by John R. Walker
Norman: University of Oklahoma Press, 2013. Pp. xxii, 274.
Illus., maps, gloss., notes, biblio., index. $29.95. ISBN: 0806143800
An account of the vital, if usually overlooked role of the forward observer.
Among the most overlooked specialists in military service, forward observers serve with, and sometimes ahead of, the frontline troops to provide them with artillery fire or air support in the fight. In this, the first book on the subject, Dr. Walker, himself a veteran, examines the role of artillery forward observers in World War II.
Walker opens with a short introduction on the origins of the idea of having forward observes. He then examines the organization, training, and processes of the forward observers during the war. Walker does this through the experiences of two infantry divisions, the 37th, a National Guard unit from Ohio, and the 87th, a draftee unit, which served in the Pacific and Northwestern Europe respectively. This very effective approach allows Walker to discuss how the differences between the theatres, such as the nature of the Japanese and German armies or the diversity of terrain, affected the use of artillery and the role of the forward observer. Walker ends with book with a summary of the critical factors in effective infantry-artillery coordination, an art and skill still vital to military operations.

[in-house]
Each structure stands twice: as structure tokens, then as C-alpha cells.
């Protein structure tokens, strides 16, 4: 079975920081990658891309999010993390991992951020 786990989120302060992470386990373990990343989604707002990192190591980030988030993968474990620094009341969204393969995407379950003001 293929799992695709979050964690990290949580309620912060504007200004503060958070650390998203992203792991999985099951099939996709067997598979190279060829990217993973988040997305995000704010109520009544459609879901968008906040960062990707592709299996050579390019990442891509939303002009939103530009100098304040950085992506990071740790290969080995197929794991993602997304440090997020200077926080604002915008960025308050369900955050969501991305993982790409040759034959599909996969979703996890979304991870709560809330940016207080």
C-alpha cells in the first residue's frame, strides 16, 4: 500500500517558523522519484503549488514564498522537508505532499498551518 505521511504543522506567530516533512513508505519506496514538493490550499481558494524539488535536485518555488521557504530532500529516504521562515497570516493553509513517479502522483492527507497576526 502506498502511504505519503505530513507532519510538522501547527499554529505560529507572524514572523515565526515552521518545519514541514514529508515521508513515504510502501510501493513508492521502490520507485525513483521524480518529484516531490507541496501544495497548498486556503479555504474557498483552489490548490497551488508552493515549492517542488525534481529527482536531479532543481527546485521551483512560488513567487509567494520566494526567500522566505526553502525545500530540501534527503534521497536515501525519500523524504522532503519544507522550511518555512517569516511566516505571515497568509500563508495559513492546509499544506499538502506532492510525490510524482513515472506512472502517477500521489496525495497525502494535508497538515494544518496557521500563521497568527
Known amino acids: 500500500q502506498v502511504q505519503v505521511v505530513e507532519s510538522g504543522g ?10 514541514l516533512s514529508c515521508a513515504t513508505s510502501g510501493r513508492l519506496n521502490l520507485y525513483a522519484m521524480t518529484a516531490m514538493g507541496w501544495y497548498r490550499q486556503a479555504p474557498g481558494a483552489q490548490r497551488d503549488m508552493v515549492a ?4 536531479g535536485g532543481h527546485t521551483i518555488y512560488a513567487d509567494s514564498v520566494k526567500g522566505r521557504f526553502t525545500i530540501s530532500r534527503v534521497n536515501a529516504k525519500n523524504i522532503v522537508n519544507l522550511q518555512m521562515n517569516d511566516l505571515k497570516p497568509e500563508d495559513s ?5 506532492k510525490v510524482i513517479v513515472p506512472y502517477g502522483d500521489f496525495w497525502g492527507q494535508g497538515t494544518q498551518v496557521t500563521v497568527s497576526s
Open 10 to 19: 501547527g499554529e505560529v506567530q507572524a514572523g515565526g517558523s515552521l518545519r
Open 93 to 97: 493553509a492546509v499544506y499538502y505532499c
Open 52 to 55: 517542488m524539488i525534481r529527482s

This is a valuable book for anyone interested in artillery or in the operations of American infantry.